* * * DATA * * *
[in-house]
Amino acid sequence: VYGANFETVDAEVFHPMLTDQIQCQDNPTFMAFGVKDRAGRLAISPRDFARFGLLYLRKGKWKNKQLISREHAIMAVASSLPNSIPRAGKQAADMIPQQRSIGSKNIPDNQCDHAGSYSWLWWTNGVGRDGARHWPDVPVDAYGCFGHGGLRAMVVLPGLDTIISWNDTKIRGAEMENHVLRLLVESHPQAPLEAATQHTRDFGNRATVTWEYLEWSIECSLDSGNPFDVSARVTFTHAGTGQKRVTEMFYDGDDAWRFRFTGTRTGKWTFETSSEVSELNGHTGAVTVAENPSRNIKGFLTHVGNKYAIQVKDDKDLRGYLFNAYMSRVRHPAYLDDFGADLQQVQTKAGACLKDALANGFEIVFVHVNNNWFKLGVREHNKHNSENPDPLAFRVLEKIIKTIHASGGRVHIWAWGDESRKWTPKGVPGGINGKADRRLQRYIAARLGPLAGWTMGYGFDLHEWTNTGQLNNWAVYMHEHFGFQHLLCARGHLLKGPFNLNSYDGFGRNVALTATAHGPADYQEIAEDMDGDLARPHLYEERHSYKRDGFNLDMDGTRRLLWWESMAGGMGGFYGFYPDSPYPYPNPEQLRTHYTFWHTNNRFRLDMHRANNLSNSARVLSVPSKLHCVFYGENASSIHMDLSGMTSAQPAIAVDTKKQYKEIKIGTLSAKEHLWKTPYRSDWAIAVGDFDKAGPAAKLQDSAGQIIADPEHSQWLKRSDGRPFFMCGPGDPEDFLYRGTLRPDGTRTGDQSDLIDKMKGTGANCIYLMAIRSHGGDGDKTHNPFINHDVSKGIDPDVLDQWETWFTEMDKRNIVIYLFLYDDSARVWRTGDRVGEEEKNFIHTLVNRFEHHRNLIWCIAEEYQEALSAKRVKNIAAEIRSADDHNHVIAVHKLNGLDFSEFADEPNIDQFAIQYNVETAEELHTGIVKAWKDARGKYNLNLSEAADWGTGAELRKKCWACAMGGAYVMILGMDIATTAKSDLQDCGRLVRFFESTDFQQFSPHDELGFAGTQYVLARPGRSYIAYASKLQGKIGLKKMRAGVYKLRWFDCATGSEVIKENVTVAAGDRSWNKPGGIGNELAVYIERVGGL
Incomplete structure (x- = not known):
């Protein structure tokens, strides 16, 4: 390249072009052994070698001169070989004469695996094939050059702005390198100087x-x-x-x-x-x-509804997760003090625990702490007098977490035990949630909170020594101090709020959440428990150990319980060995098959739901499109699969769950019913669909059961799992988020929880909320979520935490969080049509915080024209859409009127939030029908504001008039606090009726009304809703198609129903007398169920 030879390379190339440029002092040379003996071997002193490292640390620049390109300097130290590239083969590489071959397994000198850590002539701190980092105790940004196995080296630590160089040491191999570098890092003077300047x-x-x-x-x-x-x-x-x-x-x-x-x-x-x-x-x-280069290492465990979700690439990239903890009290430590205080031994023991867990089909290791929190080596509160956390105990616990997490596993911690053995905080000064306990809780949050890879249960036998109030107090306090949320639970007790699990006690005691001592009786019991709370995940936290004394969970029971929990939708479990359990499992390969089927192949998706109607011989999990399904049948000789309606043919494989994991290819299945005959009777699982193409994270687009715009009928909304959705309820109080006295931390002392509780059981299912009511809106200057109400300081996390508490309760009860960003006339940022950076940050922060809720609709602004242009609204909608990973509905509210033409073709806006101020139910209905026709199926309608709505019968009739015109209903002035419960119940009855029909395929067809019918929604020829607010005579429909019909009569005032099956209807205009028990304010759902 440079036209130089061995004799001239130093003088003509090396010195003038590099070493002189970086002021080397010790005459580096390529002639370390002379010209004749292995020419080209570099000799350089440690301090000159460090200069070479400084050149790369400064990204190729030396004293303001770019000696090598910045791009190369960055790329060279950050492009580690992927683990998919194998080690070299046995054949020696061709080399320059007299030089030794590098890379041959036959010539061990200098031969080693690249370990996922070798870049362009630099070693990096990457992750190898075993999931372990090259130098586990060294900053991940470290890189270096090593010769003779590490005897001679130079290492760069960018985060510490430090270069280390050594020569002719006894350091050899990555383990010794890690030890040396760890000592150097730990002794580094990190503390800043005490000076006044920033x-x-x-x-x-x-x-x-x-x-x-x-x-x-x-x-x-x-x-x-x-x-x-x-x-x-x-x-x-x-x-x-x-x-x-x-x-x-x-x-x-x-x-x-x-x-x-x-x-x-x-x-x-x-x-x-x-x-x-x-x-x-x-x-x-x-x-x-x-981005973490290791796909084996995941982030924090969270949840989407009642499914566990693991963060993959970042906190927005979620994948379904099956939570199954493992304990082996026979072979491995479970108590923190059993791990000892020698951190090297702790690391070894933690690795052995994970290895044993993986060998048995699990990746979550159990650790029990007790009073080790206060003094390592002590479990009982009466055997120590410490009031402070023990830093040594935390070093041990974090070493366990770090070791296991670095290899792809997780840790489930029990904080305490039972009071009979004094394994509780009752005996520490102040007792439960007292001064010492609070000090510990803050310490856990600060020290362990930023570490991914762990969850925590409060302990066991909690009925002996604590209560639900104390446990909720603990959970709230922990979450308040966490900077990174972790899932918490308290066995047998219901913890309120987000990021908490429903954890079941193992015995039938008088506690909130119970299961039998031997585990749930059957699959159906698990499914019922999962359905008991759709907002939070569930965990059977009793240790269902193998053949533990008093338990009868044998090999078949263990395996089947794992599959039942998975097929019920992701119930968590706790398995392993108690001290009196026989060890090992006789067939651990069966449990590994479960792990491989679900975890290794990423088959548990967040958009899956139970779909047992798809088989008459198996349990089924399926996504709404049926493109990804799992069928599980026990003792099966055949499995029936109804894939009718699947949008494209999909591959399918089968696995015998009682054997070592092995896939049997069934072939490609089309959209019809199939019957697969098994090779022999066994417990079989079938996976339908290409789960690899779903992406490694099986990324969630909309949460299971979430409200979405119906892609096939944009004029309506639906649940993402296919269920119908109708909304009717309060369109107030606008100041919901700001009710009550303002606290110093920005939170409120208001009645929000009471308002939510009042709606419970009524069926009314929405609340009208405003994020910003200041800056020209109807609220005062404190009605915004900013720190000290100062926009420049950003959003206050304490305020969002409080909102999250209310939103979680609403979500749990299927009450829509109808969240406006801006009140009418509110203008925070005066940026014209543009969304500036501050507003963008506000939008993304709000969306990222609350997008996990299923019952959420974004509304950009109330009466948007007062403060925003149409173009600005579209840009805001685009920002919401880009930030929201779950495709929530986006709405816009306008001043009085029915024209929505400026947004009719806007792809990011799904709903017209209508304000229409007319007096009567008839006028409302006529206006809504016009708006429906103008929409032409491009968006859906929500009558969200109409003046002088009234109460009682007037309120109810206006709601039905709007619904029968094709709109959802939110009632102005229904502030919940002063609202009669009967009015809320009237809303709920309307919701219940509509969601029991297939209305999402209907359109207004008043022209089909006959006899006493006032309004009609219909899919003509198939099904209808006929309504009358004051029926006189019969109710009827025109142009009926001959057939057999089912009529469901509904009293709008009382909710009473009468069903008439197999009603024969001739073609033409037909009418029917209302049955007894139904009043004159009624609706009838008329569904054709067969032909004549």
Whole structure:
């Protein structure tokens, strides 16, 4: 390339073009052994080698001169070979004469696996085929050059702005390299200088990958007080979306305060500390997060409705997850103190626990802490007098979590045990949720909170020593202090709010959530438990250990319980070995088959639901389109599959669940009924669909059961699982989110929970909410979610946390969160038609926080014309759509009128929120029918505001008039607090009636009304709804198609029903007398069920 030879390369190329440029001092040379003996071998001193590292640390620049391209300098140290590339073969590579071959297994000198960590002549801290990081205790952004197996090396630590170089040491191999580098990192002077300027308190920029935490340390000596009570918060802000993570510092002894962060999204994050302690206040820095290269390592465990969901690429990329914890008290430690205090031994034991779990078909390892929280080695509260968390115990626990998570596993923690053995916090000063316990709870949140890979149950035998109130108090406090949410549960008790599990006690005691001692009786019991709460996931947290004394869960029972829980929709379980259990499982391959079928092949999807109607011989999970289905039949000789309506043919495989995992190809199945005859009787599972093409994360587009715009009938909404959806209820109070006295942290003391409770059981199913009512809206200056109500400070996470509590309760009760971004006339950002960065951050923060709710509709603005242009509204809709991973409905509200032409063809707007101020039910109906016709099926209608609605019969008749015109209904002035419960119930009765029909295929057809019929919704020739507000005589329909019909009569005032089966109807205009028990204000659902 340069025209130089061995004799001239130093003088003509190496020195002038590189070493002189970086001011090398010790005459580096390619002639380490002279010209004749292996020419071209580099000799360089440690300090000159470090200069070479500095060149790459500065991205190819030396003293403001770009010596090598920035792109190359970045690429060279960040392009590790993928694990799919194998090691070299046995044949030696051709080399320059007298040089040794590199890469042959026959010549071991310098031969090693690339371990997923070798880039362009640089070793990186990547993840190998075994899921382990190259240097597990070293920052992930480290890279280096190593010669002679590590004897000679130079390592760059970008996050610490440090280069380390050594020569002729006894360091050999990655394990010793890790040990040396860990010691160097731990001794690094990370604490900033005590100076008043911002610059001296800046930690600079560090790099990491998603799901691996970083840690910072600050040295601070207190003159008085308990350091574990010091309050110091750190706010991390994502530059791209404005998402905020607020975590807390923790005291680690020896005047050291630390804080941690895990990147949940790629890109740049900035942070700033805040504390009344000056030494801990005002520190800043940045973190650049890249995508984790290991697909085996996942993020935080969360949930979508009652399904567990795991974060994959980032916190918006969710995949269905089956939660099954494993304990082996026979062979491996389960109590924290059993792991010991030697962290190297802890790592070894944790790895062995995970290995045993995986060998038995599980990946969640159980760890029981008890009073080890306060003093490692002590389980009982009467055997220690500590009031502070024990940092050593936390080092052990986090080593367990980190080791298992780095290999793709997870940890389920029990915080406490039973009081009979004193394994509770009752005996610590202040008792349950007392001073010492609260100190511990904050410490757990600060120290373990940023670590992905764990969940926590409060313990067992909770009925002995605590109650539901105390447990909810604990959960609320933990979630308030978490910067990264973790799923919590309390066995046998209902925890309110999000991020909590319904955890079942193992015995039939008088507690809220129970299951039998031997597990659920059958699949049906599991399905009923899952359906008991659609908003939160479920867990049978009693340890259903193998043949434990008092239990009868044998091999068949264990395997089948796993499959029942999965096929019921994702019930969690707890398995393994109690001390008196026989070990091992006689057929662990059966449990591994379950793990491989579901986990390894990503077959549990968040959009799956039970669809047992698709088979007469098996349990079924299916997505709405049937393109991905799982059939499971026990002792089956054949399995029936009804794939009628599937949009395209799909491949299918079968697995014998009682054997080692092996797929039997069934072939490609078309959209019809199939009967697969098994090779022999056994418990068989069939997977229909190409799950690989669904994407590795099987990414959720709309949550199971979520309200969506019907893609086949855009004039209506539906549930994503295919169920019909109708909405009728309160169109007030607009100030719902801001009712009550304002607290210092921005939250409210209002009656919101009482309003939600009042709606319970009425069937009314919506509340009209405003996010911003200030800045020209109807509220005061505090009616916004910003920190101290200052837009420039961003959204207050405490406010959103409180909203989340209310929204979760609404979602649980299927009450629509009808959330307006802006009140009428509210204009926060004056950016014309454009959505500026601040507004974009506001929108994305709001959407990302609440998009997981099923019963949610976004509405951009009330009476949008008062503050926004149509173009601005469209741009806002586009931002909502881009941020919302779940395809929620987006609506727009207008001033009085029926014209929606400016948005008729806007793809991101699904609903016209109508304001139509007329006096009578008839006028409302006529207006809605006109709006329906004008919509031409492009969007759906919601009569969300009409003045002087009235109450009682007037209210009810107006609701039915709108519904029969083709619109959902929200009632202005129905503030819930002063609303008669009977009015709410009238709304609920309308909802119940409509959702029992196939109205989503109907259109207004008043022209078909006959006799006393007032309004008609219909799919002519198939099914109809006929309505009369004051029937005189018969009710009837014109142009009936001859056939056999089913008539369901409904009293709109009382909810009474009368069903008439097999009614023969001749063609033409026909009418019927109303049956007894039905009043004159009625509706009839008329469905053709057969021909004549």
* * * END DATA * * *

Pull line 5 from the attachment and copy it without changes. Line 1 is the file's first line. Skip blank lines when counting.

Whole structure: